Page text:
Mayor Bloomberg’s chief spokesman for his reelection campaign, Howard Wolfson, brushed aside claims that the city’s test scores and graduation rates are inflated in an appearance on NY1’s “Road to City Hall” last night.
“If we can’t talk about the data, then why are we even having a conversation?” he said.
Wolfson came to talk about the mayor’s new transit initiative, but he ended up spending much of the interview discussing the mayor’s education record, which is shaping up to be a centerpiece of his campaign. Wolfson only become animated when host Dominic Carter noted that some critics believe that the city and state have found ways to artificially inflate the numbers.
“I mean, yes, they can say crime rate really isn’t low, you’re cooking the books. Test scores are not dramatically higher, you’re cooking the books. Yes, you can say that about anything. I can say that about the stratospheric ratings that you enjoy every night, oh, you’re cooking the books. The fact is, the numbers are what they are,” Wolfson said.
Carter prodded Wolfson with an example of numbers that do lie, citing times when medical examiners have been encouraged to withhold death reports until the following year, lowering the city’s murder rate in key election cycles.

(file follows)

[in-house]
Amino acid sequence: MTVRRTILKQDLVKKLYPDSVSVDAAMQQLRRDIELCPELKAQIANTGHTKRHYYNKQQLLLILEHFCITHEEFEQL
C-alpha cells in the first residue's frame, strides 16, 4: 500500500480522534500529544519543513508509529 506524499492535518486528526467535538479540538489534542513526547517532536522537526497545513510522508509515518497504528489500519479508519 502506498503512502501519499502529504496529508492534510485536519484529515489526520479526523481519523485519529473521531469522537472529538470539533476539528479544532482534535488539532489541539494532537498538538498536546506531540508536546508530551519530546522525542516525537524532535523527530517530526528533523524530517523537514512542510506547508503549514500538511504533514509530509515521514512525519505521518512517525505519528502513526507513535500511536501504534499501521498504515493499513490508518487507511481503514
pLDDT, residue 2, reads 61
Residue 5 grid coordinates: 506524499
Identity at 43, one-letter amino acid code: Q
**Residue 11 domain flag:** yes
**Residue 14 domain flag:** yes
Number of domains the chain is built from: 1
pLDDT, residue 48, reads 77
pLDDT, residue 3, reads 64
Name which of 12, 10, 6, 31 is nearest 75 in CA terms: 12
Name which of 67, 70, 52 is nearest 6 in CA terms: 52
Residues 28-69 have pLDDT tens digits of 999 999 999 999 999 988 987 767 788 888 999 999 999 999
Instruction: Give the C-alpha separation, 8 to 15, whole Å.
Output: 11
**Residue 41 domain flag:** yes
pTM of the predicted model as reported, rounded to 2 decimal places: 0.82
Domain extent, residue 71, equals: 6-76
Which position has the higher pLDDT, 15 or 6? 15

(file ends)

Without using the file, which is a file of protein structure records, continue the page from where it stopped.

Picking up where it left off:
“The numbers don’t lie,” Wolfson responded. “If that’s the case that the comptroller wants to make, he may be willing to do that. He certainly is free to do that.”
Wolfson also compared the mayor’s record to that of mayoral hopeful Bill Thompson’s five years as president of the city’s Board of Education, saying that the city’s test scores had shown marked improvement under Bloomberg. Thompson has called the comparison unfair, as he did not have the centralized power that came with mayoral control.
“They’re two different periods of time, but anyone can go and look at the numbers and the numbers are vastly different,” Wolfson said.
“I would put it this way very simply to every voter out there: if you think that the schools were better under Bill Thompson’s leadership at the board of education, you should vote for him. If you think, though, that the schools are better now that Michael Bloomberg has taken over, you should vote for him,” Wolfson said.”
The Thompson and Bloomberg campaigns spent much of last week trading jabs through their spokesmen. The following chart comparing education data during Thompson’s days on the Board of Education to Bloomberg’s time in office, came from the Bloomberg campaign last week. Yesterday, Village Voice reporter Wayne Barrett reported that the firm the Department of Education hired to audit their graduation data only validated the department’s numbers and didn’t investigate the information behind the transcripts.